Diabetes and Your Oral Health

Dr Aran Moorthy

Dr Aran Moorthy

This article was written by Australian dental surgeon Dr Aran Moorthy, BDS. Dr Moorthy has a Bachelor of Dental Surgery from the University of Adelaide. You can read more about Dr Moorthy here >

Diabetes tools and medications

It’s super-important you take extra care of your oral health if you have diabetes. It’s easy to get sidetracked while you’re busy taking care of your condition, but neglecting your teeth while living with diabetes can be downright damaging for your teeth and gums.

Diabetes can make you prone to various oral health issues such as dry mouth, oral thrush, gum disease and tooth decay. Here’s what you need to know about diabetes and your oral health – and what to do to take care of yourself.

3 main types of diabetes

  • Type I Diabetes: is an autoimmune disease. Individuals don’t produce insulin and therefore must inject insulin several times per day.
  • Type II diabetes – is related to diet, lifestyle and genetics. Fat accumulates around the liver, pancreas and body cells, preventing insulin from penetrating the fat and getting where it is needed. This is called insulin resistance – and it gets worse over time.
  • Gestational diabetes – occurs when a woman is pregnant and can be controlled through diet, exercise and medication. Blood sugar levels usually return to normal after pregnancy, but individuals have an increased risk of developing type II diabetes.

Why does diabetes affect my oral health?

Tooth brushing and dental hygieneThere are a few reasons why diabetes affects oral health. Suboptimal blood sugar levels (too much glucose) gives bacteria in the mouth more to feed off. This can cause problems with gum disease and tooth decay.

People with diabetes also often suffer from a dry mouth (xerostomia). Without enough saliva in the mouth, we can’t wash away troublesome bacteria, so again, we are predisposed to decay and infections.

Also, people living with diabetes heal more slowly than others, so it’s less likely to heal if an infection takes hold.

Oral health conditions

According to Better Health Channel, common oral health conditions affecting people living with diabetes include:

  • Cavities (dental caries)
  • Gum (periodontal) disease
  • Dry mouth (xerostomia)
  • Oral thrush
  • Mouth ulcers and gum abscesses
  • Lichen planus (an inflammatory autoimmune skins condition)

Diabetes & gum (periodontal) disease

Ultra-white-teethGum disease has two stages: gingivitis (reversible) and periodontal disease (not reversible) and must be managed. Gum disease slowly destroys the bone that holds our teeth in place until eventually, our teeth loosen or fall out.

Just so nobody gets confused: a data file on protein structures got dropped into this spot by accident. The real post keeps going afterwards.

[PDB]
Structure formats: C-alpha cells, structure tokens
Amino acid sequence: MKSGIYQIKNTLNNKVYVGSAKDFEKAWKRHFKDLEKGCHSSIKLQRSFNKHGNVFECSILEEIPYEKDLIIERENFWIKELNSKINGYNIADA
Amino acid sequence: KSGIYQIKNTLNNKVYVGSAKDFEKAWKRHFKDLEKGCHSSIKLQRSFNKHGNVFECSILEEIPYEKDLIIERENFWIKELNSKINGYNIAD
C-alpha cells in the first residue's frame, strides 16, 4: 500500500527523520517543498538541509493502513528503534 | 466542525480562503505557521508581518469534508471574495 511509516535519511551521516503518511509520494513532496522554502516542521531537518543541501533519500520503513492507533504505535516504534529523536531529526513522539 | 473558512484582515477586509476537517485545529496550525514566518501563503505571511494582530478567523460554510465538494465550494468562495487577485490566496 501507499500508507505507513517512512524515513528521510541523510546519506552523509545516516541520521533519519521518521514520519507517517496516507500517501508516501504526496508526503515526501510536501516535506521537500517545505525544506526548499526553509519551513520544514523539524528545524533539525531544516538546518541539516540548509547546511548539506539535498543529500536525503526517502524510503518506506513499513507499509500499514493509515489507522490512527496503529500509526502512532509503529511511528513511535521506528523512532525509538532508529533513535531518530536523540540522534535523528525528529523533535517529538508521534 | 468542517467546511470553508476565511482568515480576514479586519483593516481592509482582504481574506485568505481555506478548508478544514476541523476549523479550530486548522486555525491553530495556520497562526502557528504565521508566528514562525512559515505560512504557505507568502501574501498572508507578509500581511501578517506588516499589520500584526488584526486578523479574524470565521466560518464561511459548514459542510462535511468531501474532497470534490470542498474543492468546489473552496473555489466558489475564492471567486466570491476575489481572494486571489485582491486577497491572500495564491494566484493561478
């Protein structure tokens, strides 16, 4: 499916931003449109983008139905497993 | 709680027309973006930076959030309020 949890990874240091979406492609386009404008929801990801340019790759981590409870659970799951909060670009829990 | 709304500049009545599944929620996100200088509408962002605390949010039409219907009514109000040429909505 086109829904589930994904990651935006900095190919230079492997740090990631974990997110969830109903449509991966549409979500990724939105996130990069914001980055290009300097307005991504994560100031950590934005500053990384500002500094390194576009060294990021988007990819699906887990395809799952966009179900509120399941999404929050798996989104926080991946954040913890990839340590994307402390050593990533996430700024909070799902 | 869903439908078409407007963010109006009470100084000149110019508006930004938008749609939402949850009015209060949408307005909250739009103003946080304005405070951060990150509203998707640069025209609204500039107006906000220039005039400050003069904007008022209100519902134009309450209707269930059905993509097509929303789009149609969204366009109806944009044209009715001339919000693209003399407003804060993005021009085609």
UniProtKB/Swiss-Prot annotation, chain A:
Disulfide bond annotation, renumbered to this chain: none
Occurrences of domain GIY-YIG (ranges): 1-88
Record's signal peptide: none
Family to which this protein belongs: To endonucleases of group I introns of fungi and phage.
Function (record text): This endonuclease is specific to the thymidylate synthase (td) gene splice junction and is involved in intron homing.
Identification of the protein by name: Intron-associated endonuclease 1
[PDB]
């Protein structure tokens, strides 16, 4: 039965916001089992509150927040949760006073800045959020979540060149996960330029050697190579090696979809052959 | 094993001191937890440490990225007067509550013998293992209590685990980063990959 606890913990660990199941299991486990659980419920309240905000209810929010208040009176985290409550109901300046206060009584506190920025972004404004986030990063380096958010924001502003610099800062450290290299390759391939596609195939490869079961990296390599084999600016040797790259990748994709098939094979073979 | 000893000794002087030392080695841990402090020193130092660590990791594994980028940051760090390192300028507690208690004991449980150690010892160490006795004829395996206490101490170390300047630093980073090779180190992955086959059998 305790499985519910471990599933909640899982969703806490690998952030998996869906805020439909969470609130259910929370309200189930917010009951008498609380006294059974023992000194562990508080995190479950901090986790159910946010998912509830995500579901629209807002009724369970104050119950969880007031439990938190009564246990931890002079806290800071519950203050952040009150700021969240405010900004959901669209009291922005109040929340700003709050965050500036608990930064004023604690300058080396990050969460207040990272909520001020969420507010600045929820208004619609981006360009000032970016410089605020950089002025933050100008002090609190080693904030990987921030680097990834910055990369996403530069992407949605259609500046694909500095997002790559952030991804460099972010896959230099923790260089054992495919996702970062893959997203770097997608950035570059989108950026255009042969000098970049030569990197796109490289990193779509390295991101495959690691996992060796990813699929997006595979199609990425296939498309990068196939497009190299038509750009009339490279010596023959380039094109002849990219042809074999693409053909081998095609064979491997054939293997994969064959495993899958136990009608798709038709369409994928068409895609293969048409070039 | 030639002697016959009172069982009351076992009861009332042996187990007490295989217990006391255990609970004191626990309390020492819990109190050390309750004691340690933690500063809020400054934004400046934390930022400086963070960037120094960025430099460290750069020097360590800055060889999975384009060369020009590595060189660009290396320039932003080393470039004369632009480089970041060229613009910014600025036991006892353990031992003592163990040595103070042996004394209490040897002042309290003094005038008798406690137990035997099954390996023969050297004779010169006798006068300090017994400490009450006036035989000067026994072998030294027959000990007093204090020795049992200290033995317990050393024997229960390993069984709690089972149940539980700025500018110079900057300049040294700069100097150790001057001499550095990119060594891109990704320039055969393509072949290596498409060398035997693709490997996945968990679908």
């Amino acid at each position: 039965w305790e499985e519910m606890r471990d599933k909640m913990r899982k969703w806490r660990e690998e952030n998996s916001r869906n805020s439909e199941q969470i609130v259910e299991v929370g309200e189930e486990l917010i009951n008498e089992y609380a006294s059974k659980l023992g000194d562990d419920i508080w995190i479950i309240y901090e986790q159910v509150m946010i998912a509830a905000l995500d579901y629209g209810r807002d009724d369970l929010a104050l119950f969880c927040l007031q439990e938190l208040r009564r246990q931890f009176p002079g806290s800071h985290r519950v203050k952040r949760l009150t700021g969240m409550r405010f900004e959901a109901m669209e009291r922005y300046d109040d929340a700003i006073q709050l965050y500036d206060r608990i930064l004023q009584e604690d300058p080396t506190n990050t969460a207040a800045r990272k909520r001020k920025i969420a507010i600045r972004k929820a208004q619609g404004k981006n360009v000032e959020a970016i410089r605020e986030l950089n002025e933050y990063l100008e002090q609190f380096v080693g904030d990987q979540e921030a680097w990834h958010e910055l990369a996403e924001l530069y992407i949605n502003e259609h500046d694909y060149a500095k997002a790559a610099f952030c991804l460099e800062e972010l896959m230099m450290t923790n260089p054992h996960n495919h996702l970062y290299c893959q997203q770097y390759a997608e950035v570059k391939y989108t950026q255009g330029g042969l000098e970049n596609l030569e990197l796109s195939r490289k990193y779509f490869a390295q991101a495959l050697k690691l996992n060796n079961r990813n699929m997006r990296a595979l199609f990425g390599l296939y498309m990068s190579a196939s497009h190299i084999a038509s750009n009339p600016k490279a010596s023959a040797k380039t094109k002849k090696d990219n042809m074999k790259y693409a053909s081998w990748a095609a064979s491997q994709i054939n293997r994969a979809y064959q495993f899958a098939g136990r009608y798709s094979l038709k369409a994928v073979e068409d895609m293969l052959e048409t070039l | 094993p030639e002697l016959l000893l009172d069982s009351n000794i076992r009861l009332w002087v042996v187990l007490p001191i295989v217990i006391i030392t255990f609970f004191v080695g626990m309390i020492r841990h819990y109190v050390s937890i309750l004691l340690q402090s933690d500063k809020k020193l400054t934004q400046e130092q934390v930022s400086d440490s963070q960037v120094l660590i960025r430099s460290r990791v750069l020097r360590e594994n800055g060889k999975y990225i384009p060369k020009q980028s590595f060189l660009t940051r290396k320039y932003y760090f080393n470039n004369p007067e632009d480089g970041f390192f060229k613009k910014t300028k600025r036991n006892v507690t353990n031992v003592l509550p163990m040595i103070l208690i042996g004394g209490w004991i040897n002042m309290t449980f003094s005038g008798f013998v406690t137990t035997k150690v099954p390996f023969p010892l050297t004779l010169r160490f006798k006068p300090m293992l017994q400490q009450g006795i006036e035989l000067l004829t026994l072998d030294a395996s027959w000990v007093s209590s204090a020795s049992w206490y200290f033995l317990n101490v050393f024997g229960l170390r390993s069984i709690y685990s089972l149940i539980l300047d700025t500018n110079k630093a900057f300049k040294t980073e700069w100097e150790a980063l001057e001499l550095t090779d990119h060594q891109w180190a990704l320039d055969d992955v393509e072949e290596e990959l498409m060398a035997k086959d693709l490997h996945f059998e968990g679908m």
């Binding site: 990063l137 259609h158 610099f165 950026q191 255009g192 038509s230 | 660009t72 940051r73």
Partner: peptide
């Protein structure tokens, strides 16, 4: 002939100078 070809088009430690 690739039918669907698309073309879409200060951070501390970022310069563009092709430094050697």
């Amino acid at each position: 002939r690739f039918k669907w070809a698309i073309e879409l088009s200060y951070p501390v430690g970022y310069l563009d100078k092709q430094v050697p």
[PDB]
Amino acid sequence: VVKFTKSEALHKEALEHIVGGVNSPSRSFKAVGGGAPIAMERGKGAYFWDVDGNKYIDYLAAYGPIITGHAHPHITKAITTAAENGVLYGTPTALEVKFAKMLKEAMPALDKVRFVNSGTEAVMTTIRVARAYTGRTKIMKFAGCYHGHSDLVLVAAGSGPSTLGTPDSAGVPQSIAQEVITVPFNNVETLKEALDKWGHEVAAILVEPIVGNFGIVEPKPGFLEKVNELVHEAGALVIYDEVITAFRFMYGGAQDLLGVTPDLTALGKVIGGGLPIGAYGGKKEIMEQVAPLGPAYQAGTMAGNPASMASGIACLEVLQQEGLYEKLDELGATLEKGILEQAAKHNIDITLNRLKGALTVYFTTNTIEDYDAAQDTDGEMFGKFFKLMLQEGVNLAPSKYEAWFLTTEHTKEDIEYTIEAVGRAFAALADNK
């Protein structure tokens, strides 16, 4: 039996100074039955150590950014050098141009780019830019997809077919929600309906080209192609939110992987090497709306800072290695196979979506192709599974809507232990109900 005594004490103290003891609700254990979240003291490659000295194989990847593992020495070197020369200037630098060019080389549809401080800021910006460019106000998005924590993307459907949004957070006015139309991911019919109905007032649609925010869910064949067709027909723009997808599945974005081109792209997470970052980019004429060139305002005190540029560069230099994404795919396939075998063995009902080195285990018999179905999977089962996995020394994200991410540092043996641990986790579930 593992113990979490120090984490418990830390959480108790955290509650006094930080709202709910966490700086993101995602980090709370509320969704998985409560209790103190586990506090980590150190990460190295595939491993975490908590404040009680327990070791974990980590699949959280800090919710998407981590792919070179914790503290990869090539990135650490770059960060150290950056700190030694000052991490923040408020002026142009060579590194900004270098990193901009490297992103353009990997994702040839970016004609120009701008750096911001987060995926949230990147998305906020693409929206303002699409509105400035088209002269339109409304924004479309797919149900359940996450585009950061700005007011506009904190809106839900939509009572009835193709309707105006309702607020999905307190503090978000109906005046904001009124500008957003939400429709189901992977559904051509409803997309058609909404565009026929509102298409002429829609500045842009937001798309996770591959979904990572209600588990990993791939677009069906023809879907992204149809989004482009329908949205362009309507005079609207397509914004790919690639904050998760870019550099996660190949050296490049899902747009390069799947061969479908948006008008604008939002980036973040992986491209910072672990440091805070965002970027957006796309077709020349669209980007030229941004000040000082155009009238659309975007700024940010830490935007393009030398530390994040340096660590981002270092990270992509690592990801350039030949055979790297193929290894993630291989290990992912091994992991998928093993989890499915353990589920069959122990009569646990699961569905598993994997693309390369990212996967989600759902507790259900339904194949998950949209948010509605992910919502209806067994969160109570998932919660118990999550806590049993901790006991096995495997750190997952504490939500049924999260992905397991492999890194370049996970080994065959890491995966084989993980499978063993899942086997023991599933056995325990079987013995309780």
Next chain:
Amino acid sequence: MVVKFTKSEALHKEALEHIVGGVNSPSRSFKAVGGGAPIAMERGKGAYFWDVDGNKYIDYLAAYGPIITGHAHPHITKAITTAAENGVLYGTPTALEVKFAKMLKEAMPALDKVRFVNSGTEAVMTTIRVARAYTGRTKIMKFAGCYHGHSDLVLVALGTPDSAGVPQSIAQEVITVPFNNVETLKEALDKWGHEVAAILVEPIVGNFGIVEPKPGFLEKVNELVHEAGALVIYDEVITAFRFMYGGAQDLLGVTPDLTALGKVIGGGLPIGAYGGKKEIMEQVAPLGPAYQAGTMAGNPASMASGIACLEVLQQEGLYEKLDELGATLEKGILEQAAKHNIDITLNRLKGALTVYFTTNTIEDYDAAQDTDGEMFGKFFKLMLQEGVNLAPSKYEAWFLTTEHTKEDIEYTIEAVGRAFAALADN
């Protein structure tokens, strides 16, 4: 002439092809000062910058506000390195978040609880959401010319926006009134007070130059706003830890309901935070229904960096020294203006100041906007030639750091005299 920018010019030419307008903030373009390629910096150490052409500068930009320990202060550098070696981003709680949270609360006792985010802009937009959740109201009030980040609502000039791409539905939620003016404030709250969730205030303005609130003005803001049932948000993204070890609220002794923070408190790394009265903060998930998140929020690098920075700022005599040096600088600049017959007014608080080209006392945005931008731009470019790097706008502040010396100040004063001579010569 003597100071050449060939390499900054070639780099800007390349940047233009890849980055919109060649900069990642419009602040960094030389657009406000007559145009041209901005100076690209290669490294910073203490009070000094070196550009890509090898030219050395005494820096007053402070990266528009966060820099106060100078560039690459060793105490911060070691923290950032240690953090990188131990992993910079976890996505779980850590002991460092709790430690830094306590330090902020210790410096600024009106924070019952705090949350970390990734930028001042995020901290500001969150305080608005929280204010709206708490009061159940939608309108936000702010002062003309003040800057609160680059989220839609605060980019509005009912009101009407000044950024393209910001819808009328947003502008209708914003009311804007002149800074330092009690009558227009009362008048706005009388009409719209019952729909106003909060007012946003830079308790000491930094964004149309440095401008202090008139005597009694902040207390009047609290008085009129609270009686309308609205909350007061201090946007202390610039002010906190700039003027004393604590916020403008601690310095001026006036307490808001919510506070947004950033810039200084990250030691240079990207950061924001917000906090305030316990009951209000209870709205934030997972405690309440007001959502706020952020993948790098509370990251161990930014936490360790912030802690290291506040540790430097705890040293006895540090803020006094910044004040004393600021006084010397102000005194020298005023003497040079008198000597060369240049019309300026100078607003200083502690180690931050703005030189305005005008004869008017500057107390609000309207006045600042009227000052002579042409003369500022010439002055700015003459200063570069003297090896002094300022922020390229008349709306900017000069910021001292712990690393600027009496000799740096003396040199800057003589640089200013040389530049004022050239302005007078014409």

If diabetes is left untreated, there is more sugar in the mouth which encourages bacterial growth. As healing is slower with diabetes, it’s challenging to manage any gum infection that starts. If the first stage of gum disease is left untreated, it will advance to periodontal disease. And, it’s a bit of a cycle. The more the infection increases, the more difficult it is to treat – and the more your blood sugar levels are likely to increase. So if you can manage to get on top of your gum disease, you will help stabilise blood sugar levels – and that in turn will make you respond to dental treatments and be more likely to heal.

To prevent gum disease, you’ll need to practice thorough oral hygiene at home. Brush twice a day with a soft bristle brush and fluoride toothpaste and floss at least once a day. You should also see your dental professional for regular oral hygiene checks and cleans. Speak to your dental professional regarding how frequent your visits should be.

More about gum disease>>>

Diabetes & tooth decay

Diabetes can be quite the breeding ground for tooth decay. People with diabetes have a dry mouth, so bacteria are not easily flushed away. And, as glucose levels can be high, bacteria can feed off the sugars. Consequently, dental plaque can build up on the teeth, which will lead to tooth decay and then cavities (caries).

To prevent tooth decay or cavities, practice thorough oral hygiene at home. Brush twice a day with a soft bristle brush and fluoride toothpaste and floss at least once a day. You should also see your dental professional for regular oral hygiene checks and cleanings. Speak to your dental professional regarding how frequent this should be.

Diabetes and oral thrush

Once again, diabetes creates the perfect breeding ground for infection – this time – fungal infection. The combined dry mouth (xerostomia) with increased glucose levels and a decreased ability to fight infection allows fungal infections to take hold. Oral thrush creates small red or white patches on the inside of the mouth, which can cause pain or ulcers. Good oral hygiene and regular dental checkups are once again imperative, and your dentist may prescribe antifungal medications.

References:

Better Health Channel – Diabetes and Oral Health: https://www.betterhealth.vic.gov.au/health/ConditionsAndTreatments/diabetes-and-oral-health

Diabetes Australia -Dental Health: https://www.diabetesaustralia.com.au/living-with-diabetes/preventing-complications/dental-health/

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